a peach of a month
July. Tops of shoulders and bridges of noses kissed by the sun, the hills bleached golden, heat hanging thick like a blanket in the air. July is always one of my favorite months, maybe because it is my birth month, but also because everything seems at its height, buzzing and vibrating and bursting with life- at the market, in the vegetable garden, rivers and oceans and adventures. Life is full. Produce is excellent, especially the fruit. Peaches, plums, melons all sirening with their fragrance and beauty.
Peaches are a firm favorite in my book, everything about them- their shape, their colour, their sweet fragrance and honeyed flesh. Eating them leaning over the sink while the juices drip down your fingers and wrists and chin. There are so many varieties here, which happily means that the season is quite long. It extends all the way through August, ending with the O’Henrys (which are the king, in my opinion). My grandpa used to drive to pick up crates of O’Henry peaches at the end of summer, wooden boxes corralling what seemed like hundreds of gorgeously curved blushing beauties. Pies, tarts, countless jars of canned halves sitting on newspaper on the counter to seal- everything peach would roll out of the kitchen until summer cried uncle and fall came steadily creeping in. Each season has its pleasures, but to me, fall coming always feels a little like when you finish a very good book and a lingering sadness follows you around for a few days after. (I speak from recent experience, as last week I finished All the Light We Cannot See and was feeling all the feelings.)
So the peaches. I usually favor yellow over white, yellow feels to me to have a richer, deeper flavor, sunlight condensed. I do enjoy white peaches too, though, for entirely different reasons, their floral smell and flavor reminiscent of honeysuckle, roses, and hot hot heat, intense honey. I had both types last week, a flat each because they looked so wonderful and I am a glutton for good fruit. The first day we ate them just so, over the sink or on the grass outside, fragrant juices baptizing chins. The next day I sliced them over our oatmeal in the morning, and for lunch, layered slices with tomato, olive oil, salt and basil as part of lunch with bread to sop up the juices. Then, at about 4 or 5 o’clock, our usual aperitivo time, I discovered a chilled bottle of Prosecco I had bought for some Aperol spritzes that had never been. Into a glass went slices of white peach and the aforementioned Prosecco, and it was so nice that I continued doing this each day until I ran out of white peaches.
The few yellow peaches that were left had gotten too soft to eat out of hand, so I baked them into a tart of sorts to salvage them from a compost fate, and they were perfect and the tart was just the thing to cap off my week of peach madness. Until the O’Henrys are back, that is.
pesche ubriache, drunk peaches
a small peach
a glass of wine, sparkling or not
Peel the peach over the glass of wine and slice pieces into it. Let it sit a minute, then alternate sipping the wine with eating the slices. Or, drink the wine first, then eat the peach when the glass is empty. I think yellow peach and red wine go together nicely, while white, sparkling or rose are complementary to a white peach. For a non alcoholic version, try a sparkling water or kombucha.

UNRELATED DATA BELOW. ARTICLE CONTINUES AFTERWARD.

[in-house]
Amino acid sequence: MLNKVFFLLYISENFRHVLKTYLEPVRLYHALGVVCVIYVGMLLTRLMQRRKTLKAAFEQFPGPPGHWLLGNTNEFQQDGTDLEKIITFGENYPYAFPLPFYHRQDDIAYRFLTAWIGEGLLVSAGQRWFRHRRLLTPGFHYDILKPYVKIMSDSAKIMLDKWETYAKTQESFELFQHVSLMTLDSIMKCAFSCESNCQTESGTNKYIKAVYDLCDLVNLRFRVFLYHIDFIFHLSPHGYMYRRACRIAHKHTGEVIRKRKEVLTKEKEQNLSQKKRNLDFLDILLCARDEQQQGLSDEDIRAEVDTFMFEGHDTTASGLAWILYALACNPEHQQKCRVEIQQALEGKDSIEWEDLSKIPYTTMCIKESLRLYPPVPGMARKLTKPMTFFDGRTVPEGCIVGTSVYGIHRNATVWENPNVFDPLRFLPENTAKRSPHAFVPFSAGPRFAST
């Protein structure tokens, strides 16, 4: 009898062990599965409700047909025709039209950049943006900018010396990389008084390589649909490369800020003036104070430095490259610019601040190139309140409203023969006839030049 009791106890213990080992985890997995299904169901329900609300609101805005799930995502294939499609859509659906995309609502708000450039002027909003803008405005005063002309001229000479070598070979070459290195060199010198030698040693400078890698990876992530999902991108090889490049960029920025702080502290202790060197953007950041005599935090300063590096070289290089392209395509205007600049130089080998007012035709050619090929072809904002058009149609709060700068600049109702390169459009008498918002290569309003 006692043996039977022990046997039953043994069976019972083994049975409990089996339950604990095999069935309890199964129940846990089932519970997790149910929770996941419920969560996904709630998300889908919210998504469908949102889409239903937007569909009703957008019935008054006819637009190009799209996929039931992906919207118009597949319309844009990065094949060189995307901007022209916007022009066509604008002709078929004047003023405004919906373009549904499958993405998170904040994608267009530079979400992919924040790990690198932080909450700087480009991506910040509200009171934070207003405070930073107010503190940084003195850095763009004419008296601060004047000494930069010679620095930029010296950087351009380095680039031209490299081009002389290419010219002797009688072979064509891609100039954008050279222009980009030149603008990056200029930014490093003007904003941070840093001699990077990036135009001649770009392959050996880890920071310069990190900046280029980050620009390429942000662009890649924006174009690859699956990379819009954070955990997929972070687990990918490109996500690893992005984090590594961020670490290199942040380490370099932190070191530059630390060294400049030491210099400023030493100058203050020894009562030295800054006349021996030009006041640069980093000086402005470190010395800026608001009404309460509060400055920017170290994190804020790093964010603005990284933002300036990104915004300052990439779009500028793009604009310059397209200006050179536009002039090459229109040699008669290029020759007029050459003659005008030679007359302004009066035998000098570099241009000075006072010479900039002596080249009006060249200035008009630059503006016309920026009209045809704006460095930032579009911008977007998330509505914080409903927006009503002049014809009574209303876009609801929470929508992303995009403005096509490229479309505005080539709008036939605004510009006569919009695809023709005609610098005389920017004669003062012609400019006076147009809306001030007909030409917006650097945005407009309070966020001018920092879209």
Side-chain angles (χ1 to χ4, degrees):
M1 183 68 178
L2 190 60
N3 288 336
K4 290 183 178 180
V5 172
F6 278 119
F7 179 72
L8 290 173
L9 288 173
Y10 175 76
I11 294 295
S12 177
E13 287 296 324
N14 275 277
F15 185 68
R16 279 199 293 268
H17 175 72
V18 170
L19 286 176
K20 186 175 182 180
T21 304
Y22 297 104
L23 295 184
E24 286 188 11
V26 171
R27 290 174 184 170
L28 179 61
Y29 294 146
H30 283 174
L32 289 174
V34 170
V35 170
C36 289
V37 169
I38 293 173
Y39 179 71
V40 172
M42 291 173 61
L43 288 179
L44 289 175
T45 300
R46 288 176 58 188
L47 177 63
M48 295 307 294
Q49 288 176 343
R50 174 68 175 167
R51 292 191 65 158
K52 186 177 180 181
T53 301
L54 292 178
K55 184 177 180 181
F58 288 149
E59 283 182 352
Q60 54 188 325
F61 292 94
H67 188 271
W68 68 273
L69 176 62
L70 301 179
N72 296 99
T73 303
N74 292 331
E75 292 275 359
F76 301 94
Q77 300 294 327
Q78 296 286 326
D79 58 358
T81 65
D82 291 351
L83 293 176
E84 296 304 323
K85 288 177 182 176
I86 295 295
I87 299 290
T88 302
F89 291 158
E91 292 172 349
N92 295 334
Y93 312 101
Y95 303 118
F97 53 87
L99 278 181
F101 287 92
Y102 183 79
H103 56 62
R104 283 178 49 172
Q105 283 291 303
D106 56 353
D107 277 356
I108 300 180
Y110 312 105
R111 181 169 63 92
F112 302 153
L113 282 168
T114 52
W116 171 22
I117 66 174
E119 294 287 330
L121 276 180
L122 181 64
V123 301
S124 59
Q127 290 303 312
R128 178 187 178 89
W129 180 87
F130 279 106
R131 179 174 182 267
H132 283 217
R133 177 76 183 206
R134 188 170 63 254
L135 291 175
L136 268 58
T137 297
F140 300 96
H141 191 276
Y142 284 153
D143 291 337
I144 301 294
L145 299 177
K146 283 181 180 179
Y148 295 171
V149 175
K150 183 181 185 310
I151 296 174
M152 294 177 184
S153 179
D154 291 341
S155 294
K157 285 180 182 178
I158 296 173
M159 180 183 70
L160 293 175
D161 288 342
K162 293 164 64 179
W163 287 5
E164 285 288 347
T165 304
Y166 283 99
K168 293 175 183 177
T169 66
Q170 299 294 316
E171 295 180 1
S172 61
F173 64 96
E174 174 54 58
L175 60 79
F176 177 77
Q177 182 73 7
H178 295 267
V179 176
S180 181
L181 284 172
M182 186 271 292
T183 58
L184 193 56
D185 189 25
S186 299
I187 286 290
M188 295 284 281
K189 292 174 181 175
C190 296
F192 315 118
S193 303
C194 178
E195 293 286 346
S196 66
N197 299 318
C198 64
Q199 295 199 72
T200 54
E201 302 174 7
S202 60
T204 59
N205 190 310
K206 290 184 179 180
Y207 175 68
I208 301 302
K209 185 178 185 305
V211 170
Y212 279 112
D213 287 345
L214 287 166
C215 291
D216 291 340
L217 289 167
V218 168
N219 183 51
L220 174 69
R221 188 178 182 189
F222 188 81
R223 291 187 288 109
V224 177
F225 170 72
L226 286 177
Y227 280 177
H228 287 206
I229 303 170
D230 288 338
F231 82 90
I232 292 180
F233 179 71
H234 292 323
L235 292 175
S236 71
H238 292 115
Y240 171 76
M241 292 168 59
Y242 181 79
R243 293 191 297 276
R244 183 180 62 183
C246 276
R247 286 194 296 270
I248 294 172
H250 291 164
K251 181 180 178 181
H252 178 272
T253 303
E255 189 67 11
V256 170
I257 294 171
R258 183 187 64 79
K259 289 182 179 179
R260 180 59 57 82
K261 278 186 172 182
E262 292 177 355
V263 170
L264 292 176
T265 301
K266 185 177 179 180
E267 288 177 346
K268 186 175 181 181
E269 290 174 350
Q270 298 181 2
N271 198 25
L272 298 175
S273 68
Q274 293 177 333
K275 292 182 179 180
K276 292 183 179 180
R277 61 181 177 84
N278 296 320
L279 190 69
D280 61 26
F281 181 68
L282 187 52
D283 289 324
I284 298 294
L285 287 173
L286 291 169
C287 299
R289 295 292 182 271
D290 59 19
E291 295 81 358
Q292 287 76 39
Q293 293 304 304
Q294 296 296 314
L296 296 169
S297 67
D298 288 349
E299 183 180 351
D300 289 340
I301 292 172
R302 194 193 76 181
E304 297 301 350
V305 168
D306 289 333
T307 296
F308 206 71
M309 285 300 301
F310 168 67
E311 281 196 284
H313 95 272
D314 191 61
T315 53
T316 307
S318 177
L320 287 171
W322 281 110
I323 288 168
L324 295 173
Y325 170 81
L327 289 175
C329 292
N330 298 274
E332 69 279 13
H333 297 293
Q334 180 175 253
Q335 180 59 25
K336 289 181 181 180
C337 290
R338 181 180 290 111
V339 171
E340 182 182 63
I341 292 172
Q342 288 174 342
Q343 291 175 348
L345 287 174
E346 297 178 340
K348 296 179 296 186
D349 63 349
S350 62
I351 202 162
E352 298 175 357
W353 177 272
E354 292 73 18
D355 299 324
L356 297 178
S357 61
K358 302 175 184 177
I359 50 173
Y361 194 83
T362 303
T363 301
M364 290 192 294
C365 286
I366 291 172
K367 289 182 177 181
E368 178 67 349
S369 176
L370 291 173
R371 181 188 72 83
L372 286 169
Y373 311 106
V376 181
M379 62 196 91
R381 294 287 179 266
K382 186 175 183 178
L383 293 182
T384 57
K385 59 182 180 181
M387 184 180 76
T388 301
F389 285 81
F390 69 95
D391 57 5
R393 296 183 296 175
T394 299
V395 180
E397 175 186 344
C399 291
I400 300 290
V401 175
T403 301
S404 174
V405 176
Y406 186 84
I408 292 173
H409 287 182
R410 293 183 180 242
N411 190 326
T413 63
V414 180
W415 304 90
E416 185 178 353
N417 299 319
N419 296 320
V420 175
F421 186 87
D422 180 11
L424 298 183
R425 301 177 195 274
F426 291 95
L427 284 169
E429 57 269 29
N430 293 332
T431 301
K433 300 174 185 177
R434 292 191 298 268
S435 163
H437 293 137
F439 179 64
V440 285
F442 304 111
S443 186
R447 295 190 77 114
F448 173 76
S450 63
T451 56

a peach tart of sorts
This recipe is lightly adapted from an old standby from Food52. It really is very simple, just a press-in dough, so if you have pastry anxiety, this is perfect. I haven’t tried it with gluten free flour, but it seems like it would do well. Do let me and others know in the comments if you try it gf and have success! The sugar will depend on how sweet/ripe your peaches are and subjective to personal taste as well. I used 1/2 cup, reduced from the originally called for 3/4 cup, and still found it a bit too sweet, but my peaches were very, very ripe.
1.5 cups (180 grams) + 2 tbsp (20 grams) all purpose flour
1/4-1/2 cup (50-100 grams) sugar, plus 1 tsp for the dough
1/2 cup (120 ml) olive oil or other mild oil
2 tbsp (30 ml) milk, I used oat
1/2 tsp almond extract
2 tbsp cold butter (I used Miyokos)
5 peaches give or take, pitted and thickly sliced
Preheat the oven to 425F / 220C. Rummage through your cabinet and find a tart pan, preferably about 11 inch size.
Get out a mixing bowl and add to it 1.5 cups (180 grams) of the flour, a big pinch of salt, and 1 tsp of the sugar and mix with a fork. In another small bowl (I just do it straight in my glass liquid measuring cup), mix together the oil, milk, and almond extract. Pour the liquid over the flour mix and using the fork, combine them gently with the fork, just enough to dampen the dough and just combine them (careful not to overmix). Dump into the tart pan, and using fingers, firmly pat and push the dough out and up the sides to a mostly uniform thickness.
In the dough bowl, add the remaining sugar, flour, a pinch of salt and the butter. If your peaches are very juicy, add an extra 1 tbsp flour. Using fingers, pinch and crumble the dry ingredients into the butter until you get a crumbly/pebbly mix.
Back to the tart pan. Take your peaches, and starting from the outside, overlap them in a concentric circle until you reach the center, tucking any rogue pieces in the center or bare spots. It should be nice and snug as the fruit will shrink as it cooks. Sprinkle your pebbly butter mix over the top- it will seem like too much, but it is right.
Transfer the tart to the oven and bake 35-45 minutes, until juices are thick and bubbly (mine needed the full 45 minutes). Remove from oven to a cooling rack and serve just warm or at room temperature. Leftovers were a bit soggy in the morning, but still very good. You could always pop into the oven to re crisp.